Block on Trump's Asylum Ban Upheld by Supreme Court
Some defamation cases just got more difficult for plaintiffs in New York. A state appeals court has overturned decades of precedent and ruled that calling someone gay is not slander per se.
Prior rulings, the court wrote, were all "based on a false premise that it is shameful and disgraceful to be described as lesbian, gay or bisexual." Such a conclusion is "inconsistent with current public policy," particularly in light of New York's anti-discrimination and marriage equality laws.
While this ruling certainly indicates that LGBT persons are more respected by the law, it doesn't actually say what everyone thinks it does. Calling someone gay is not slander per se in New York, though it arguably could still be considered slander in some situations.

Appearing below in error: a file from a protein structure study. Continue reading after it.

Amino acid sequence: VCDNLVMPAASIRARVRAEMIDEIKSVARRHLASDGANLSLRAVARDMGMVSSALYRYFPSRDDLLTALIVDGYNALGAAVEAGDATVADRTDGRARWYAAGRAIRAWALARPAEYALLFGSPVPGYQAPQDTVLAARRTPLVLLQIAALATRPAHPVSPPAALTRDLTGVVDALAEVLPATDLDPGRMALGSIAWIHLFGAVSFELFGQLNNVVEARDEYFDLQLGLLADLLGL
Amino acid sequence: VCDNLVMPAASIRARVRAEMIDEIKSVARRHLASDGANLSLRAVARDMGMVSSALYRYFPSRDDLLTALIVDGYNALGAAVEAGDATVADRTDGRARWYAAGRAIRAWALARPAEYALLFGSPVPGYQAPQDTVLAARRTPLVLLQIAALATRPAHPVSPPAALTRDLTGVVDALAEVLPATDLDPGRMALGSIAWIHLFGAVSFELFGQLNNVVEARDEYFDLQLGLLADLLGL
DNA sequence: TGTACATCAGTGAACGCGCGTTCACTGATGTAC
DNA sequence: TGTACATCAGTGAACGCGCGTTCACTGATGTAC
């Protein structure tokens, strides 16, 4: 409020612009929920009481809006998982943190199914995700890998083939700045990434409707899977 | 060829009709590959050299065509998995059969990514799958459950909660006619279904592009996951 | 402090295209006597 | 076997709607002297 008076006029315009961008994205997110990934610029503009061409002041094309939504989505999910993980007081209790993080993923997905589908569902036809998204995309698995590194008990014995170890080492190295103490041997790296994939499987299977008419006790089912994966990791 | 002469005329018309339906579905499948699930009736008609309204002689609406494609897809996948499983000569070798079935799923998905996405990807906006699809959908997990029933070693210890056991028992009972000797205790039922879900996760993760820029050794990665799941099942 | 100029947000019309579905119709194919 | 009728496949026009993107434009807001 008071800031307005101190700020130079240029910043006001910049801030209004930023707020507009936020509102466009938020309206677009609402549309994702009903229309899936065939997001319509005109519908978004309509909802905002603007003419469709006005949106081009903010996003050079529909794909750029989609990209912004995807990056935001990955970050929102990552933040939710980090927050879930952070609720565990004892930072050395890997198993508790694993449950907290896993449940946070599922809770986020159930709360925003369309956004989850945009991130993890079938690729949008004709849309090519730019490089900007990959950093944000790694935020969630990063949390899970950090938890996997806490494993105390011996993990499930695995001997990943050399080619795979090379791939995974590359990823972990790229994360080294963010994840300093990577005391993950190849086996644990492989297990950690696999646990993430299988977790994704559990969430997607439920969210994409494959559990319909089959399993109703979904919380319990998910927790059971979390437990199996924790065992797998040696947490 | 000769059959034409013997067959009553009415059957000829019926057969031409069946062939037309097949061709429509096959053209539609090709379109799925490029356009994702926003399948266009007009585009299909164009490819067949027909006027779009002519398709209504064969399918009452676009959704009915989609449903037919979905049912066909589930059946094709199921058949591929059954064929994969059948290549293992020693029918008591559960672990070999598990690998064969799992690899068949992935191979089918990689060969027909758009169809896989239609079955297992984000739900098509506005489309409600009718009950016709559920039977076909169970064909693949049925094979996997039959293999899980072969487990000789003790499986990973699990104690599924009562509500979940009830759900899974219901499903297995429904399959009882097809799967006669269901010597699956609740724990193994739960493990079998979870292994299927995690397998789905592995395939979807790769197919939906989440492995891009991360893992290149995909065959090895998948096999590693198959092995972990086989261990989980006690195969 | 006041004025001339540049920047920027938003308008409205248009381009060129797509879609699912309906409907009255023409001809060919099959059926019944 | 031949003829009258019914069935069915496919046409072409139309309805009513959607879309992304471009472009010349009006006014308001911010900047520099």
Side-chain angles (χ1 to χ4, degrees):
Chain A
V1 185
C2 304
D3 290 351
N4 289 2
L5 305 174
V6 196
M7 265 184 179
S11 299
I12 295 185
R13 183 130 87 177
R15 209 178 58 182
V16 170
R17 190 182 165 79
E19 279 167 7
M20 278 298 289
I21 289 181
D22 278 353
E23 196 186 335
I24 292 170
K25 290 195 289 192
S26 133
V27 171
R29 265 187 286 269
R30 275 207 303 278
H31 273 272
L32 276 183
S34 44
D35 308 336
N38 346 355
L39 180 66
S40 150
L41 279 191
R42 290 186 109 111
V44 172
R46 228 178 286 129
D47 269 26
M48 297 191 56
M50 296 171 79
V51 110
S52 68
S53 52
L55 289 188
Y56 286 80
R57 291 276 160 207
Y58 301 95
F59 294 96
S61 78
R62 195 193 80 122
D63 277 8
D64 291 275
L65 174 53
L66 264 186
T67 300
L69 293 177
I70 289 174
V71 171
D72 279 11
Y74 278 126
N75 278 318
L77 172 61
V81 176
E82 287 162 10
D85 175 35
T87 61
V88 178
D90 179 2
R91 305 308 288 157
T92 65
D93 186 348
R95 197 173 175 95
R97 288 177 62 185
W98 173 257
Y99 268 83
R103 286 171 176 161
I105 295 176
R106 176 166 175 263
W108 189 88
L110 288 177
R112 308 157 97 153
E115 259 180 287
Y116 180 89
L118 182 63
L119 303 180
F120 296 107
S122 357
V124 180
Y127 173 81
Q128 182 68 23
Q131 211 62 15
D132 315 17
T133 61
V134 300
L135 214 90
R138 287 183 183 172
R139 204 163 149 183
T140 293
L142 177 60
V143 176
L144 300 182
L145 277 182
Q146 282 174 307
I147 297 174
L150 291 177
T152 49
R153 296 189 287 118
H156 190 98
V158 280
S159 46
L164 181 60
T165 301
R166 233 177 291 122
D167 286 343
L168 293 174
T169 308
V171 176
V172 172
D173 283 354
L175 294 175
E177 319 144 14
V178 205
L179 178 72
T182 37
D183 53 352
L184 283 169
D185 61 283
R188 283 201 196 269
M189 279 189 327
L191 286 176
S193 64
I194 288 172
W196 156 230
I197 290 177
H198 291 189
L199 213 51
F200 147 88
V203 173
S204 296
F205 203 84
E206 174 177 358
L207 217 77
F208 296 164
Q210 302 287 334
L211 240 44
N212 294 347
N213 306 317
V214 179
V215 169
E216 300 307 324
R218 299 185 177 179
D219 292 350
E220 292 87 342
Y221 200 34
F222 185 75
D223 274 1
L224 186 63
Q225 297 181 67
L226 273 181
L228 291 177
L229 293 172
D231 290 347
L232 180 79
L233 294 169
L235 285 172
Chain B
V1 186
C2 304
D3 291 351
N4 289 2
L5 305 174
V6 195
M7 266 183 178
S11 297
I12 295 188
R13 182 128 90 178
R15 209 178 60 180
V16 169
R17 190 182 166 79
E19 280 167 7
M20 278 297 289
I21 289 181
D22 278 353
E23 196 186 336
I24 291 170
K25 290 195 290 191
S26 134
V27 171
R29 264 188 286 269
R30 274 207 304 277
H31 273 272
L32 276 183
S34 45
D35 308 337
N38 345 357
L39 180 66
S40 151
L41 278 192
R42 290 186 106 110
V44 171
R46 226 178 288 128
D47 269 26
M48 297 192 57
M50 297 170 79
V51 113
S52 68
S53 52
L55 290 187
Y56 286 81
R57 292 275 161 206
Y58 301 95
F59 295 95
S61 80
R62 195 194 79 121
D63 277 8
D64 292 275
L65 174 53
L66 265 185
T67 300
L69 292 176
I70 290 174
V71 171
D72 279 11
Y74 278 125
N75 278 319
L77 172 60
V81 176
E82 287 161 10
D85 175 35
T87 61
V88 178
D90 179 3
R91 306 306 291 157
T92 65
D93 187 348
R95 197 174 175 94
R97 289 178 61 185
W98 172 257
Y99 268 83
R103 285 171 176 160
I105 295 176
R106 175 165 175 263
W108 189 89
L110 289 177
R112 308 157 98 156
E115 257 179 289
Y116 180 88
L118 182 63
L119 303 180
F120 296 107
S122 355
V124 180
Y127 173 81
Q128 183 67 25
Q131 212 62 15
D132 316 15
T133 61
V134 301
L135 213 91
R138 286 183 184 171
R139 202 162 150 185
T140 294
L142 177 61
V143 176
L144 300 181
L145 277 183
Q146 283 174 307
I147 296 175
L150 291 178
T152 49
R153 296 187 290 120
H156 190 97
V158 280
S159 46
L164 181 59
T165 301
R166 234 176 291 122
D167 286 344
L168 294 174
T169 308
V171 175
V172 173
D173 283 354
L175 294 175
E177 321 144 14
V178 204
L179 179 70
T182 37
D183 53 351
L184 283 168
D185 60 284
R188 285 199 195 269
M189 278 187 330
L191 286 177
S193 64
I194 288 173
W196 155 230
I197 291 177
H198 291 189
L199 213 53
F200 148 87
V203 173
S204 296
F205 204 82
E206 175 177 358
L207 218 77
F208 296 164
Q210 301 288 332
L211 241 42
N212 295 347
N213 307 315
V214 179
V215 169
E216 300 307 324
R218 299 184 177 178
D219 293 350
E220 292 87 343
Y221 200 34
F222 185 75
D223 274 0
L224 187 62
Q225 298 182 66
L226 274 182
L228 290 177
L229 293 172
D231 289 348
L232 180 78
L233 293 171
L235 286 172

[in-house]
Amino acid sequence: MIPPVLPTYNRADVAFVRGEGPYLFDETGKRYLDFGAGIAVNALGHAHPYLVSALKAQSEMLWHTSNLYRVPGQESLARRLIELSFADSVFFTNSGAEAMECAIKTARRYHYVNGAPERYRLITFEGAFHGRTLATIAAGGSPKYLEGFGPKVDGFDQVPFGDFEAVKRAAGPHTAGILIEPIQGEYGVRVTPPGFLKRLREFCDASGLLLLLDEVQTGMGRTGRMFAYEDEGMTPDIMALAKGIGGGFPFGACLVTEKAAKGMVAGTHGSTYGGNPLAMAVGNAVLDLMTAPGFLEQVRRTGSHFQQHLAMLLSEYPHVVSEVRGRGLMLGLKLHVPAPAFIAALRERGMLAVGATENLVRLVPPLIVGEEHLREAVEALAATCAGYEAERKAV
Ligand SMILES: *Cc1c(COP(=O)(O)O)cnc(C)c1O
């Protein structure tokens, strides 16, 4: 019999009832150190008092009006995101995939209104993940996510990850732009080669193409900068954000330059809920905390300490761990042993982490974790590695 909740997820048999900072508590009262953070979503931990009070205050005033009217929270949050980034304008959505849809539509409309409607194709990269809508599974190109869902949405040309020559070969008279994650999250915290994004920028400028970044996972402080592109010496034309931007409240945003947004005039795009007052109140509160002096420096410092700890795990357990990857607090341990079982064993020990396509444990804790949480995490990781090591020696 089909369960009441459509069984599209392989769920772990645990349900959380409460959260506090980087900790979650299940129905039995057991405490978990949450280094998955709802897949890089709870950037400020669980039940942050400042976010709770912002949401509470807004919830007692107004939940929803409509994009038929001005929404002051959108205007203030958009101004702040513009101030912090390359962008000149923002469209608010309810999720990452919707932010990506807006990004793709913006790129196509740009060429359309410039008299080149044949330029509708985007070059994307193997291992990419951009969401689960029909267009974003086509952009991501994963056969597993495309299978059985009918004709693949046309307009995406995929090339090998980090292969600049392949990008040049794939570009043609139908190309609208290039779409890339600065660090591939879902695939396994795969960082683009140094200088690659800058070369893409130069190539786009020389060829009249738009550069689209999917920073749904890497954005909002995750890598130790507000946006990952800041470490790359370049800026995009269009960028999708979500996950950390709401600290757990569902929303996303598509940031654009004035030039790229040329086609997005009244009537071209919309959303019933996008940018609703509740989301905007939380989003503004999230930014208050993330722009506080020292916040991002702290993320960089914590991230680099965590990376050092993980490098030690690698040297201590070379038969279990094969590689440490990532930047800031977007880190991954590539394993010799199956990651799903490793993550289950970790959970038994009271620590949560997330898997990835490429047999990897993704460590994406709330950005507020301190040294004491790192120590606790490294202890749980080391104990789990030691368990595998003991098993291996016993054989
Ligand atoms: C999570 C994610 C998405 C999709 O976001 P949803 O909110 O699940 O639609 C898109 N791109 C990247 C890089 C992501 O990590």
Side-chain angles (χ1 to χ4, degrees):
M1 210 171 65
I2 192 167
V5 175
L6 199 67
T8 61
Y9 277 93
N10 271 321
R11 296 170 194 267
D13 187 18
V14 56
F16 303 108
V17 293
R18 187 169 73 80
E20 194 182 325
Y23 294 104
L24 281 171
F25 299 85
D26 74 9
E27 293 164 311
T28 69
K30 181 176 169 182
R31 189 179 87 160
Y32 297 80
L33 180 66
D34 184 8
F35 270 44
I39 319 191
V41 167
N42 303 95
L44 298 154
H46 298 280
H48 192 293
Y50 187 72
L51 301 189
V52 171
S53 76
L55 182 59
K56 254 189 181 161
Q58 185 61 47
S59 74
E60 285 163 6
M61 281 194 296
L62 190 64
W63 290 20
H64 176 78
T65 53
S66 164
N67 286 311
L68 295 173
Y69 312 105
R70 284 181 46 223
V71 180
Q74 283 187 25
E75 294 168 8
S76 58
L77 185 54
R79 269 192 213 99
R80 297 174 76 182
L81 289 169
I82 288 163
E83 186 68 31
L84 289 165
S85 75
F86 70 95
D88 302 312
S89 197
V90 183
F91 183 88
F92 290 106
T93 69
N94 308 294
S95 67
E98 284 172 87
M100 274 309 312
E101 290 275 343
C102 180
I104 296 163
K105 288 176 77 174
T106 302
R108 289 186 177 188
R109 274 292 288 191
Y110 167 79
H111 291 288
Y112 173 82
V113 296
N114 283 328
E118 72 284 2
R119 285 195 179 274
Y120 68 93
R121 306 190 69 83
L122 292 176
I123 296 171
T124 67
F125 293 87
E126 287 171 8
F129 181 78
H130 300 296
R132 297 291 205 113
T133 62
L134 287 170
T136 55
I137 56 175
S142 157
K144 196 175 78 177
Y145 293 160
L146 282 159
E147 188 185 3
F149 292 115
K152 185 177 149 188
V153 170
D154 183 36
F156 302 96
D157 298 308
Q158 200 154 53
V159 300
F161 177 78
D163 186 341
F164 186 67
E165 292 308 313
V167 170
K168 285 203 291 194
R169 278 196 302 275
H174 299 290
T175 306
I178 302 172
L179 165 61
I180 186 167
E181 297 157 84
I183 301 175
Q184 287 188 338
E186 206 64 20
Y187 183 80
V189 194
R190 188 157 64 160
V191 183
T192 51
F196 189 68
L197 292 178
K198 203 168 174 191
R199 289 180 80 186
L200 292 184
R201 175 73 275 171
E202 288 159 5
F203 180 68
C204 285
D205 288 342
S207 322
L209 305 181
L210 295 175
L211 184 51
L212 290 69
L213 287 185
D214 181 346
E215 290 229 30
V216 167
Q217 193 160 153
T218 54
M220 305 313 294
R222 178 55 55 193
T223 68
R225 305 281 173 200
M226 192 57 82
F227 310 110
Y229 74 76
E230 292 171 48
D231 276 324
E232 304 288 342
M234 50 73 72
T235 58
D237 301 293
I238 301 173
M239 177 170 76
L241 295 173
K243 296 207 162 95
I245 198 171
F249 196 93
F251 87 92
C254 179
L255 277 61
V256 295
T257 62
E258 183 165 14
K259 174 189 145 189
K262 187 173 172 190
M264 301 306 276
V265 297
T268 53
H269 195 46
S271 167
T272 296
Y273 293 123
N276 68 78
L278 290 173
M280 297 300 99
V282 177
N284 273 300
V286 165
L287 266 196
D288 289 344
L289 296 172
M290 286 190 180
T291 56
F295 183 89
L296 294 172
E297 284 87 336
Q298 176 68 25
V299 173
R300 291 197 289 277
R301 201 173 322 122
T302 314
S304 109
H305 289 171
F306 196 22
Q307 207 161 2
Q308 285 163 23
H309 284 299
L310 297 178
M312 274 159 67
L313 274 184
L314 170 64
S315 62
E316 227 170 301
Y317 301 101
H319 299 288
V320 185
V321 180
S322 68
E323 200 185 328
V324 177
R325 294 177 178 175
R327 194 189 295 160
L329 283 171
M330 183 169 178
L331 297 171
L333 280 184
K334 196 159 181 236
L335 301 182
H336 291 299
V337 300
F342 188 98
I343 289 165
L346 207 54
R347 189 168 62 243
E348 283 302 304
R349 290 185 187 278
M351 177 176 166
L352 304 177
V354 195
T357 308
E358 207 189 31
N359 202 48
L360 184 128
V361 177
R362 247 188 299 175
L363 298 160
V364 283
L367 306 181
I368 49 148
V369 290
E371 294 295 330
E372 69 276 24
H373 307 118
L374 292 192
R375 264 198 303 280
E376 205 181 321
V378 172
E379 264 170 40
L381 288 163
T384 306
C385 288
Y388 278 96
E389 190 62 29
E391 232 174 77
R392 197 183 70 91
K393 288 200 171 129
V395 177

In order to prove slander, which is just a spoken form of defamation, a plaintiff must ordinarily show that he suffered some sort of definite economic or monetary loss. However, the law has long held that certain types of defamatory statements expose a person to so much public hatred and ridicule that such proof is not necessary. These statements are known as slander per se.
In most jurisdictions, it is slander per se to accuse someone of a serious crime; to make allegations injurious to their business or profession; to accuse a woman of being unchaste; and to claim someone has a loathsome disease. In some jurisdictions, falsely accusing someone of homosexuality also falls into this category.
The New York court has decided that this should no longer be the case in the state. The real effect of this decision is that plaintiffs can no longer simply claim that someone calling them gay is slander. They will now have to specifically pinpoint the economic losses they suffered as a result of such an accusation, which is really difficult to do.